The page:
Story by James Pearson
This July I took my first trip to the Democratic Republic of Congo, a country that has not seen sustained peace for more than a century. I was lucky to travel with an amazing young woman by the name of Stella Safari, who was taking a different sort of first trip. This was her first time to Congo in 12 years, since fleeing war at the age of eight.
As she returned 12 years later, now a student at Dartmouth and a leader among her peers, she brought with her a mission: to inspire Congo's youth to invest in their country, so that future generations can enjoy peace and prosperity in Congo.
Back in 1999 the growing violence in the region reached Stella's private elementary school, and after the recent death of her father her family decided that the risk to her future was too great for her to stay. So she and her sisters were sent to America to live with her brother. "The majority of my family was left behind," she told me by email, "including my mother."
Stella remembers a wonderful childhood in Congo. "Before the gunshots, I attended a great school. I spent time with family and friends without having to be cautious about the things we discussed around the dinner table." These memories and a strong network of Congolese friends and family helped her maintain a devotion to Congo, even as she enjoyed the privileges of American life.
For years after Stella left, the family relied for their communication on friends and family ferrying letters and photographs back and forth across continents. Stella would also seek out information on the political situation in Congo through her community. "Though it was mostly older men who discussed politics enthusiastically, I often found myself intrigued by these issues and wanting to know more." Eventually the cell phone revolution and Facebook let Stella and her distant family communicate "more frequently and at very little cost."
It was her junior year in high school when Stella found a passion for making a difference in her home country. Then the president of her student government, she decided to organize a benefit concert to raise money for rape victims in Congo. "To my surprise we raised over $2,000 just by being adamant and educating our peers about the situation in Congo. I realized the power of my voice and have been using it since to advocate for peace in Congo."
Stella has since made it a life goal to bring more peace, liberty, and prosperity to her home country. "My dream is to see future generations of Congo having the opportunity to enjoy the same and even better childhood than I did."
This July she set foot on Congolese soil for the first time since her happy childhood there was cut short. She traveled with Falling Whistles, an organization aiming to bring peace to Congo after more than a century of conflicts, and with whom Stella had been working as a cultural liaison. After a quick trip to Congo's capital she flew to Rwanda and traveled overland to her home town, Bukavu, where her mother was waiting.
Stella spent several weeks catching up with her mother and meeting other family members and friends of the family. She was a minor celebrity in Bukavu, the long-lost daughter of a popular family. Walking down the street she would be greeted by total strangers who, though she had never met them, were excited to see her. It would often turn out that they were cousins or uncles. "I did not expect to feel so at home in Bukavu," Stella said. "However, when I arrived I felt an overwhelming sense of purpose and belonging."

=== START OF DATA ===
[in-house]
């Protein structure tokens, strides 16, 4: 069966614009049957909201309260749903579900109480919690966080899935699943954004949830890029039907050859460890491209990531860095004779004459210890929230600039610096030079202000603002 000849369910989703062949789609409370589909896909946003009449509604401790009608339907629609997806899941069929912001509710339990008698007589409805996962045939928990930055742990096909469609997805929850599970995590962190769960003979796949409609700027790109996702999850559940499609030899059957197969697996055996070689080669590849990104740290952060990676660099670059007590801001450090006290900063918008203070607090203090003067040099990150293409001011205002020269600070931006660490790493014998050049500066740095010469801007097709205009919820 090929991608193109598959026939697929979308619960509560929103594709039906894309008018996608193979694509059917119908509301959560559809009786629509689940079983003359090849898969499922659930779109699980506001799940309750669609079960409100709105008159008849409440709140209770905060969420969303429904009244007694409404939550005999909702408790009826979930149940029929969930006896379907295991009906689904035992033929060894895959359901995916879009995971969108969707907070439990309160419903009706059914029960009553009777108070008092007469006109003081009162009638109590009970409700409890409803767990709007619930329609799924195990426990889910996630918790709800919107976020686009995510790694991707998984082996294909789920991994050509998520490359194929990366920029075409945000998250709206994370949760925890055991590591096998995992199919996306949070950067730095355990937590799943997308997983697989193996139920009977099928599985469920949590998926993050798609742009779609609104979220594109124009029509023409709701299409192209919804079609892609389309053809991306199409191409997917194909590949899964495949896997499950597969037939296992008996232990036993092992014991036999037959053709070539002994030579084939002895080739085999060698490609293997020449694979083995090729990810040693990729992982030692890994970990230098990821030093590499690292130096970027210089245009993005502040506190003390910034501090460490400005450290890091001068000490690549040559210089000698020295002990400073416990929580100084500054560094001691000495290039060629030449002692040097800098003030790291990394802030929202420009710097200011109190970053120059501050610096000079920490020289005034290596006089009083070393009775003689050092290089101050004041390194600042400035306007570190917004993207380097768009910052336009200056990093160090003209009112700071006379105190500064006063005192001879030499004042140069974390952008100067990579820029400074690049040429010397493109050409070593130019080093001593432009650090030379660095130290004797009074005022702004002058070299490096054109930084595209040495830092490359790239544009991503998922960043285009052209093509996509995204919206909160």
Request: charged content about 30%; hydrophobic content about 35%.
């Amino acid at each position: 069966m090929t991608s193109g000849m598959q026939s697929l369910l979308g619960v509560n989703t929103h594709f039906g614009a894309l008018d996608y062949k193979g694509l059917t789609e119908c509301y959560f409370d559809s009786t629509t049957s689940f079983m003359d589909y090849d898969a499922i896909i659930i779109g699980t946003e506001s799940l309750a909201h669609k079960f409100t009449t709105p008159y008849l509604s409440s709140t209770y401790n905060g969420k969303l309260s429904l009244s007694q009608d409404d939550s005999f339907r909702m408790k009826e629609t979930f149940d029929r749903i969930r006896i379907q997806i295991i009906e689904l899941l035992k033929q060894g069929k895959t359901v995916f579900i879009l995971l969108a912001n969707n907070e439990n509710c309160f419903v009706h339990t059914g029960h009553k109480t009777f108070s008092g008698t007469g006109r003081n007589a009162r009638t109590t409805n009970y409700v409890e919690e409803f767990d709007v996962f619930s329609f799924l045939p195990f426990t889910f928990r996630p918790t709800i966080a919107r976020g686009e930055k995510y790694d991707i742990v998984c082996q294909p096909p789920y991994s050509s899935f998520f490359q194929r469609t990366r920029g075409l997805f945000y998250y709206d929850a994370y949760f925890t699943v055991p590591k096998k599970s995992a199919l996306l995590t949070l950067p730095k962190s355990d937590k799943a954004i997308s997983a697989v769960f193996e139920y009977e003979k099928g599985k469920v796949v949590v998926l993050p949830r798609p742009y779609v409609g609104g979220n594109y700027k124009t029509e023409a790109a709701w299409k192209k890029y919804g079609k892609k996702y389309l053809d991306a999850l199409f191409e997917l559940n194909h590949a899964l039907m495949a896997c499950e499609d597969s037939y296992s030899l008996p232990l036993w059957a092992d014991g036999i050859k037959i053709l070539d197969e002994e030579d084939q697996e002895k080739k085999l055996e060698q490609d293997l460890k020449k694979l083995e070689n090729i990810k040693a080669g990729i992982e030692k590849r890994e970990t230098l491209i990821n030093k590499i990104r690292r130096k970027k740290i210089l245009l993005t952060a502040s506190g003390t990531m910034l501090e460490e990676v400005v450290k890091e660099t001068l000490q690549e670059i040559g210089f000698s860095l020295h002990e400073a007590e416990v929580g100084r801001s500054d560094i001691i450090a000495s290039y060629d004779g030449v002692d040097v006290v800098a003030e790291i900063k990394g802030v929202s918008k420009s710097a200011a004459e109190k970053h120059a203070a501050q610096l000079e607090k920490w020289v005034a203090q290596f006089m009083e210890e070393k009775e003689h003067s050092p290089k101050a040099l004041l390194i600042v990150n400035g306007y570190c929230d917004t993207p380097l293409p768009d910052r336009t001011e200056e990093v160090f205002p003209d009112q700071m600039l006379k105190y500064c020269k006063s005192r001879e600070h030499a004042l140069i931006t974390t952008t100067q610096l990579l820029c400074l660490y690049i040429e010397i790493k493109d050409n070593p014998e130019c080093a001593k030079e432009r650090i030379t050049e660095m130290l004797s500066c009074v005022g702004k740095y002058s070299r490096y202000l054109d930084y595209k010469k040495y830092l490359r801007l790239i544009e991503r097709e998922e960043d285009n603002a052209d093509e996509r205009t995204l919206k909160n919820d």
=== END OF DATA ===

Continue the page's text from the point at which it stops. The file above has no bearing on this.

Along with family she spent time with local youth and community leaders. "We discussed ways in which we can support one another and work in unity for the benefit of the country."
One of those community leaders is an intense and inspiring man named Amani Matabaro. He took Stella to his community, a town just outside of Bukavu called Mumosho, where he had built a marketplace where people of different ethnic backgrounds can trade together and build friendships. He calls it a Peace Market.
When the women of Mumosho heard Stella's story they were overjoyed and they gathered around her, cheering in appreciation. "It really touched me to spend time with these women," Stella recalled, "because in them I saw my mother, my sisters, my friends. It was incredible."
Two weeks later we were in the volcanic town of Goma when we received a call from Amani. Mumosho has been attacked by the FDLR, one of the violent rebel groups that seeds fear and uncertainty in the region. Several women were raped and a priest was abducted and held for ransom. "I was devastated when I heard about the attack by the FDLR," said Stella. She remembers thinking about the huge, complex web of challenges facing Congo, starting with a Congolese government that values its own interests far above its citizens.
"It's both frustrating and motivating for me. Frustrating because the issue is clearly a more "top-down" problem that we have little control over. Motivating because of the capacity and potential that exists from the bottom up and how eventually that can affect the top-down."
Next summer Stella plans to go back to Congo and launch a project to "promote action and unity through social entrepreneurship." The website, she says, is coming soon. We'll keep you updated.